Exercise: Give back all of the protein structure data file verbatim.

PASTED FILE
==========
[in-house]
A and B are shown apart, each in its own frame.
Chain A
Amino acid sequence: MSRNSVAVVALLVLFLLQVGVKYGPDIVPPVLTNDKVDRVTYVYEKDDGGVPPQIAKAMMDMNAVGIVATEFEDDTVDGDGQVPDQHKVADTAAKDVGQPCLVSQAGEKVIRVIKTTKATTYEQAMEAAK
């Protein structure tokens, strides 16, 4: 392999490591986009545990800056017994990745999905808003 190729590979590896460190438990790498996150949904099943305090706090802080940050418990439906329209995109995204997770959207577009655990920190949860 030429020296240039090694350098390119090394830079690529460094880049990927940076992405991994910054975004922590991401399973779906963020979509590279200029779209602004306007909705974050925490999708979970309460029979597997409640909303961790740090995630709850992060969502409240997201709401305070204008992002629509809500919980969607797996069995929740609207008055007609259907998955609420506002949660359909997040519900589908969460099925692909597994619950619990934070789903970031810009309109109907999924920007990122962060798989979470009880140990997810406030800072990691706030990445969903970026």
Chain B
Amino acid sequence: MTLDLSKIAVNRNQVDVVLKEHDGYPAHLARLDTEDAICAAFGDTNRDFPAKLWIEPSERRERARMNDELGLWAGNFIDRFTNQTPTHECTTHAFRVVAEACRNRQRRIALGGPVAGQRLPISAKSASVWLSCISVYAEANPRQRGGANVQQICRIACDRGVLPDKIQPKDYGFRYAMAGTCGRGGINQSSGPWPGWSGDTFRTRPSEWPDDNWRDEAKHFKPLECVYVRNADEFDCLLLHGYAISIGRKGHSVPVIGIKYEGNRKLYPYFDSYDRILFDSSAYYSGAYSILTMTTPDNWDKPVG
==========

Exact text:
[in-house]
A and B are shown apart, each in its own frame.
Chain A
Amino acid sequence: MSRNSVAVVALLVLFLLQVGVKYGPDIVPPVLTNDKVDRVTYVYEKDDGGVPPQIAKAMMDMNAVGIVATEFEDDTVDGDGQVPDQHKVADTAAKDVGQPCLVSQAGEKVIRVIKTTKATTYEQAMEAAK
């Protein structure tokens, strides 16, 4: 392999490591986009545990800056017994990745999905808003 190729590979590896460190438990790498996150949904099943305090706090802080940050418990439906329209995109995204997770959207577009655990920190949860 030429020296240039090694350098390119090394830079690529460094880049990927940076992405991994910054975004922590991401399973779906963020979509590279200029779209602004306007909705974050925490999708979970309460029979597997409640909303961790740090995630709850992060969502409240997201709401305070204008992002629509809500919980969607797996069995929740609207008055007609259907998955609420506002949660359909997040519900589908969460099925692909597994619950619990934070789903970031810009309109109907999924920007990122962060798989979470009880140990997810406030800072990691706030990445969903970026």
Chain B
Amino acid sequence: MTLDLSKIAVNRNQVDVVLKEHDGYPAHLARLDTEDAICAAFGDTNRDFPAKLWIEPSERRERARMNDELGLWAGNFIDRFTNQTPTHECTTHAFRVVAEACRNRQRRIALGGPVAGQRLPISAKSASVWLSCISVYAEANPRQRGGANVQQICRIACDRGVLPDKIQPKDYGFRYAMAGTCGRGGINQSSGPWPGWSGDTFRTRPSEWPDDNWRDEAKHFKPLECVYVRNADEFDCLLLHGYAISIGRKGHSVPVIGIKYEGNRKLYPYFDSYDRILFDSSAYYSGAYSILTMTTPDNWDKPVG